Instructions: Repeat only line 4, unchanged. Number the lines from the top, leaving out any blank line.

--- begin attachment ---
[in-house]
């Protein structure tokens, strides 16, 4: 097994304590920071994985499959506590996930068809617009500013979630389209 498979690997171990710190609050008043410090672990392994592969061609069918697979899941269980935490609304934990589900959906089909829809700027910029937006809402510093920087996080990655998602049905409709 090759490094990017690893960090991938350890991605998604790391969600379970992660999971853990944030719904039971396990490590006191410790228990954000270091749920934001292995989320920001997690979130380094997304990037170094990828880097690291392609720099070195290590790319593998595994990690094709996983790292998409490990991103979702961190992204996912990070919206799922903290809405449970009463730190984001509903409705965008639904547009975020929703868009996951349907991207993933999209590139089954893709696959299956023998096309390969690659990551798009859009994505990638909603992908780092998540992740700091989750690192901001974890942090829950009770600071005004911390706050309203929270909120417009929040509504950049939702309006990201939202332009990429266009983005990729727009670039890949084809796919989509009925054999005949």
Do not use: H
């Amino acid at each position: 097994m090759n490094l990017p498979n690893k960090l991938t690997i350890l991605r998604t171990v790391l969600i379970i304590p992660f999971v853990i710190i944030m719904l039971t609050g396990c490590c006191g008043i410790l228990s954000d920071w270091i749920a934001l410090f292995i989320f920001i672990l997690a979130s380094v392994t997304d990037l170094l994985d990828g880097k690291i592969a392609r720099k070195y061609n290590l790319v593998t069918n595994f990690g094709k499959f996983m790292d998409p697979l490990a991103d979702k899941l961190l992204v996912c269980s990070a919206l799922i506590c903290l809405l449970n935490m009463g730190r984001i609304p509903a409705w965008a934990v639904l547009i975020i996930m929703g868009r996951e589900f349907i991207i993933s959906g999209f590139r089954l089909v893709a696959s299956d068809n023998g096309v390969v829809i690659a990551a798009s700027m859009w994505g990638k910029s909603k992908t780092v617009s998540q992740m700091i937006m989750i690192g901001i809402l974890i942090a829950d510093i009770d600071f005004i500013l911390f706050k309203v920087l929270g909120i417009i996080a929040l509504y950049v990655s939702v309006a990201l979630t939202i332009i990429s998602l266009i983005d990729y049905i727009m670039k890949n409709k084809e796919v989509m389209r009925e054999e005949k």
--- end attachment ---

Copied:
């Amino acid at each position: 097994m090759n490094l990017p498979n690893k960090l991938t690997i350890l991605r998604t171990v790391l969600i379970i304590p992660f999971v853990i710190i944030m719904l039971t609050g396990c490590c006191g008043i410790l228990s954000d920071w270091i749920a934001l410090f292995i989320f920001i672990l997690a979130s380094v392994t997304d990037l170094l994985d990828g880097k690291i592969a392609r720099k070195y061609n290590l790319v593998t069918n595994f990690g094709k499959f996983m790292d998409p697979l490990a991103d979702k899941l961190l992204v996912c269980s990070a919206l799922i506590c903290l809405l449970n935490m009463g730190r984001i609304p509903a409705w965008a934990v639904l547009i975020i996930m929703g868009r996951e589900f349907i991207i993933s959906g999209f590139r089954l089909v893709a696959s299956d068809n023998g096309v390969v829809i690659a990551a798009s700027m859009w994505g990638k910029s909603k992908t780092v617009s998540q992740m700091i937006m989750i690192g901001i809402l974890i942090a829950d510093i009770d600071f005004i500013l911390f706050k309203v920087l929270g909120i417009i996080a929040l509504y950049v990655s939702v309006a990201l979630t939202i332009i990429s998602l266009i983005d990729y049905i727009m670039k890949n409709k084809e796919v989509m389209r009925e054999e005949k």